Nearly 150 years ago, Charles Darwin speculated that movements such as smiling or frowning are not just the consequences of emotions, but can also cause them. Until the advent of controlled psychological experimentation, it was difficult to find evidence for or against this facial feedback hypothesis. Even when controlled experiments on the facial feedback hypothesis were done in the 1970s, it was impossible to be sure that the hypothesis was properly tested—how could we know that the physical movement was the cause of an emotion rather than the fact that you were explicitly told to “smile”?
In 1988, F. Strack, L. L. Martin, and S. Stepper ingeniously solved this problem. They had subjects do a task while holding a pen in their mouth, either with their teeth (which would cause a smile) or just with their lips (which would prevent a smile). Subjects had no idea that the experiment had anything to do with emotions. Even so, subjects in the Teeth (smile) condition rated cartoons as significantly funnier than those in the Lips (no smile) condition. A striking confirmation of a century-old theory!
The facial feedback hypothesis quickly became a classic result in experimental psychology, taught in Introduction to Psychology courses worldwide.
However, just last year, an extensive effort to replicate the effect through 17 separate preregistered replications of the study, by Eric-Jan Wagenmakers and colleagues, failed to find evidence for the facial feedback hypothesis. More recently, Ulrich Schimmack and Yue Chen conducted an analysis of the scientific literature on the facial feedback hypothesis to determine the replicability of the effect, concluding that “there was never convincing evidence for the effect.”
This classic and fundamental effect has now dissolved into the ether.
This vanishing act is far from the only one out there—there is now broad consensus that many fields face a problem with reproducibility. Estimates are that up to two-thirds of peer-reviewed studies in psychology , and between 20 percent and 50 percent of studies in medicine cannot be reproduced. Indeed, the majority of scientists surveyed in Nature last year had failed to reproduce at least one previously published result (which in many cases was their own result originally).
How can this be?
There are four main reasons why an experimental study may not be reproducible: fraud, poor methodology, control sensitivity, and random variation. Outright fraud is not replicable for good reason, and a culture of replication in science will severely limit the ability of researchers to perpetrate it.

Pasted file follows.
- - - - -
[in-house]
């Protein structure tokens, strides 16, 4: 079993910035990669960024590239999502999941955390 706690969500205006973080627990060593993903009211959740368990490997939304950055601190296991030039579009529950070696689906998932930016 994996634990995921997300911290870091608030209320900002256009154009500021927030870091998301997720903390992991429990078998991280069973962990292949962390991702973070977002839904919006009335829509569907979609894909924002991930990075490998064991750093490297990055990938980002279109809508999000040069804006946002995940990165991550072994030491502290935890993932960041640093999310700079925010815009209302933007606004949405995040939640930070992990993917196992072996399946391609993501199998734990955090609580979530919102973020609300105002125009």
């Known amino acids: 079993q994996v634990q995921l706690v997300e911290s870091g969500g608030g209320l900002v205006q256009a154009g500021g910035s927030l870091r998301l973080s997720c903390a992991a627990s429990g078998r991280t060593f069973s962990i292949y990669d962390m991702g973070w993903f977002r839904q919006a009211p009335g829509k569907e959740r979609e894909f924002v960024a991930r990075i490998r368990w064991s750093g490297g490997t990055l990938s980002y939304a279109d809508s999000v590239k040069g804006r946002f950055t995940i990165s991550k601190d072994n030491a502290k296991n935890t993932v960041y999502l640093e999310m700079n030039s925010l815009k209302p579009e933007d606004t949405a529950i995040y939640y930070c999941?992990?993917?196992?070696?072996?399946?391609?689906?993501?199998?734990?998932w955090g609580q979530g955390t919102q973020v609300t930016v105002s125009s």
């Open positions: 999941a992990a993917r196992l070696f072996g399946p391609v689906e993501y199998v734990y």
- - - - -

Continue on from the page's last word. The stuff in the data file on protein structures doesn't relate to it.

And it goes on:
Poor methodology, alas, is rife. There are a plethora of analytic and statistical pitfalls that are very easy to fall into, and even the best and most careful researchers do, from time to time. In many cases, proper method can require drastic changes from current practices and is often much more expensive and time-consuming, so improving overall standards meets with a great deal of inertia in the scientific community.
Control sensitivity describes when minute details of experimental setup can strongly affect experimental results. Fields where this shortcoming is an issue may need better methods for describing experimental controls and techniques. As well, the relevance of research results under real-world conditions may need to be carefully evaluated.
Finally, random variation is always possible. Some small fraction of experimental samples will be consistent with any hypothesis, simply by random variation. The goal of statistical analysis is to determine the likelihood that results are not due to random chance, so that we can minimize it.
Improving overall scientific and statistical methodology requires institutional change and large-scale retraining of researchers, so it is slow and expensive at best. Authors of a new paper in Nature Human Behavior, however, propose a much easier way to improve reproducibility while we work on the harder methodological issues: merely changing the p-value threshold required to call a result “statistically significant.”
A p-value, roughly speaking, is the likelihood that experimental results came about by chance. A low p-value means that results are unlikely just due to chance, and therefore some real process, presumably the hypothesis being tested, probably caused them.
The authors argue that the standard threshold to consider a result “statistically significant” should be lowered ten-fold, from 0.05, as is now standard in many fields, to 0.005. Such a lower threshold, the reasoning goes, will dramatically reduce the number of false-positive reports that get reported, and thus the scientific literature will, on the whole, be more reliable, with many more published results being reproducible. To be clear, many authors (from many disciplines) do not claim that such a redefinition of “statistically significant” will solve the problem, or that improving overall methodological standards is not needed. Indeed, many of the authors are at the forefront of efforts to improve statistical and experimental methodology in their fields.